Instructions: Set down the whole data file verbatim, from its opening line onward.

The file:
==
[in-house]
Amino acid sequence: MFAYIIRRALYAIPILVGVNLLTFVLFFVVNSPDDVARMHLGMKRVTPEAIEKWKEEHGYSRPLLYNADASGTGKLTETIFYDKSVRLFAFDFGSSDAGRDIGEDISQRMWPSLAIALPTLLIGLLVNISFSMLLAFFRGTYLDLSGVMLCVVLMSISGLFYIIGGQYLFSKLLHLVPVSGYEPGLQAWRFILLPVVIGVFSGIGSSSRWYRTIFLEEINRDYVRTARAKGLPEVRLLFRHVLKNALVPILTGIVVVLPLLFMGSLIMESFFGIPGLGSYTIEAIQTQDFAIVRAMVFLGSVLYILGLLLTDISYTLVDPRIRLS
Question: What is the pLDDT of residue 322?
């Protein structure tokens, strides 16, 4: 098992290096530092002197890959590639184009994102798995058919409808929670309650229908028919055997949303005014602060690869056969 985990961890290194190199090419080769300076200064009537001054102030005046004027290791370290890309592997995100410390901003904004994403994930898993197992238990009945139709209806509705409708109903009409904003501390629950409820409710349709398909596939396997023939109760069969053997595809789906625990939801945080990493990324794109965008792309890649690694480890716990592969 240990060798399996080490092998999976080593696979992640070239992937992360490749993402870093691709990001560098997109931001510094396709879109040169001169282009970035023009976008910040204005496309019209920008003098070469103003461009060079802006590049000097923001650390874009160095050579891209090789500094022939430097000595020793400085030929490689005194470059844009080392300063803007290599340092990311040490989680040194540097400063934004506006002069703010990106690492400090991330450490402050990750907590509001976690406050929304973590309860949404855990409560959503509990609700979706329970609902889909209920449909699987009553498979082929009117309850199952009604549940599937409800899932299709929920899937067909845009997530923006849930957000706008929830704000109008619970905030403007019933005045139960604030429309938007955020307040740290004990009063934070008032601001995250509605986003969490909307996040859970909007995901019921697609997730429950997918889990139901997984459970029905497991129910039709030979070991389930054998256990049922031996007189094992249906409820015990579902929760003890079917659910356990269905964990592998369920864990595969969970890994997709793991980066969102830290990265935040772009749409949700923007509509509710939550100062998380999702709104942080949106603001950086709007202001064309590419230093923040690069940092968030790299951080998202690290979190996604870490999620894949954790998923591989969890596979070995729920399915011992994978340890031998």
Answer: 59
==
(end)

[in-house]
Amino acid sequence: MFAYIIRRALYAIPILVGVNLLTFVLFFVVNSPDDVARMHLGMKRVTPEAIEKWKEEHGYSRPLLYNADASGTGKLTETIFYDKSVRLFAFDFGSSDAGRDIGEDISQRMWPSLAIALPTLLIGLLVNISFSMLLAFFRGTYLDLSGVMLCVVLMSISGLFYIIGGQYLFSKLLHLVPVSGYEPGLQAWRFILLPVVIGVFSGIGSSSRWYRTIFLEEINRDYVRTARAKGLPEVRLLFRHVLKNALVPILTGIVVVLPLLFMGSLIMESFFGIPGLGSYTIEAIQTQDFAIVRAMVFLGSVLYILGLLLTDISYTLVDPRIRLS
Question: What is the pLDDT of residue 322?
């Protein structure tokens, strides 16, 4: 098992290096530092002197890959590639184009994102798995058919409808929670309650229908028919055997949303005014602060690869056969 985990961890290194190199090419080769300076200064009537001054102030005046004027290791370290890309592997995100410390901003904004994403994930898993197992238990009945139709209806509705409708109903009409904003501390629950409820409710349709398909596939396997023939109760069969053997595809789906625990939801945080990493990324794109965008792309890649690694480890716990592969 240990060798399996080490092998999976080593696979992640070239992937992360490749993402870093691709990001560098997109931001510094396709879109040169001169282009970035023009976008910040204005496309019209920008003098070469103003461009060079802006590049000097923001650390874009160095050579891209090789500094022939430097000595020793400085030929490689005194470059844009080392300063803007290599340092990311040490989680040194540097400063934004506006002069703010990106690492400090991330450490402050990750907590509001976690406050929304973590309860949404855990409560959503509990609700979706329970609902889909209920449909699987009553498979082929009117309850199952009604549940599937409800899932299709929920899937067909845009997530923006849930957000706008929830704000109008619970905030403007019933005045139960604030429309938007955020307040740290004990009063934070008032601001995250509605986003969490909307996040859970909007995901019921697609997730429950997918889990139901997984459970029905497991129910039709030979070991389930054998256990049922031996007189094992249906409820015990579902929760003890079917659910356990269905964990592998369920864990595969969970890994997709793991980066969102830290990265935040772009749409949700923007509509509710939550100062998380999702709104942080949106603001950086709007202001064309590419230093923040690069940092968030790299951080998202690290979190996604870490999620894949954790998923591989969890596979070995729920399915011992994978340890031998």
Answer: 59